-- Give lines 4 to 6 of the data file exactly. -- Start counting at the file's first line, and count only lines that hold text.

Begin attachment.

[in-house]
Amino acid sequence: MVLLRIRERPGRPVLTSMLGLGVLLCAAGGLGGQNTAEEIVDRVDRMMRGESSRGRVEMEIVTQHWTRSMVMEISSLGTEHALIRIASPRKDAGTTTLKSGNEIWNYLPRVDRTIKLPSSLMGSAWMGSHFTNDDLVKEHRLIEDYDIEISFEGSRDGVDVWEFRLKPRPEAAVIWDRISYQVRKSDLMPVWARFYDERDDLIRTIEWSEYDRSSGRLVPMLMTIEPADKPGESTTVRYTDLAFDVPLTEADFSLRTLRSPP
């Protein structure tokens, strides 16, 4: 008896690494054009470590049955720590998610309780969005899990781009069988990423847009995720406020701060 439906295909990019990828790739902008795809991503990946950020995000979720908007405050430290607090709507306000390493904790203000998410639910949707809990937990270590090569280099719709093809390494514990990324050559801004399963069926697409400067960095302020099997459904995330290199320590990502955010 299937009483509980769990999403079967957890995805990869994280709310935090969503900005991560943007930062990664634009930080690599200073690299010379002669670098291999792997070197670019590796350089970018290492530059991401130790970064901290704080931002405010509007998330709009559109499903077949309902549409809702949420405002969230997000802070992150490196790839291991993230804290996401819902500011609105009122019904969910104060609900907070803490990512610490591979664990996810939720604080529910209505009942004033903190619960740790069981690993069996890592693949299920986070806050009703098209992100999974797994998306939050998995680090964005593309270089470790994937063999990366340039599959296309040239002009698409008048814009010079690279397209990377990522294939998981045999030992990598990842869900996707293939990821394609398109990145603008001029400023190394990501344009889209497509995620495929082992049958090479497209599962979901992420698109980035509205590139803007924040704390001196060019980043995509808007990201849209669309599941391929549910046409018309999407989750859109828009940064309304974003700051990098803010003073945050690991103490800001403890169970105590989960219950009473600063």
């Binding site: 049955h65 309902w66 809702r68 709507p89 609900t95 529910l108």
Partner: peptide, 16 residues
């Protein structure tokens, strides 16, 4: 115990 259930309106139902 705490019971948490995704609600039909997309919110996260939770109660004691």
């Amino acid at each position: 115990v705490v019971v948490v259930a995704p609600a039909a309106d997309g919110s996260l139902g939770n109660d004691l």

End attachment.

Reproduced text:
């Binding site: 049955h65 309902w66 809702r68 709507p89 609900t95 529910l108």
Partner: peptide, 16 residues
């Protein structure tokens, strides 16, 4: 115990 259930309106139902 705490019971948490995704609600039909997309919110996260939770109660004691």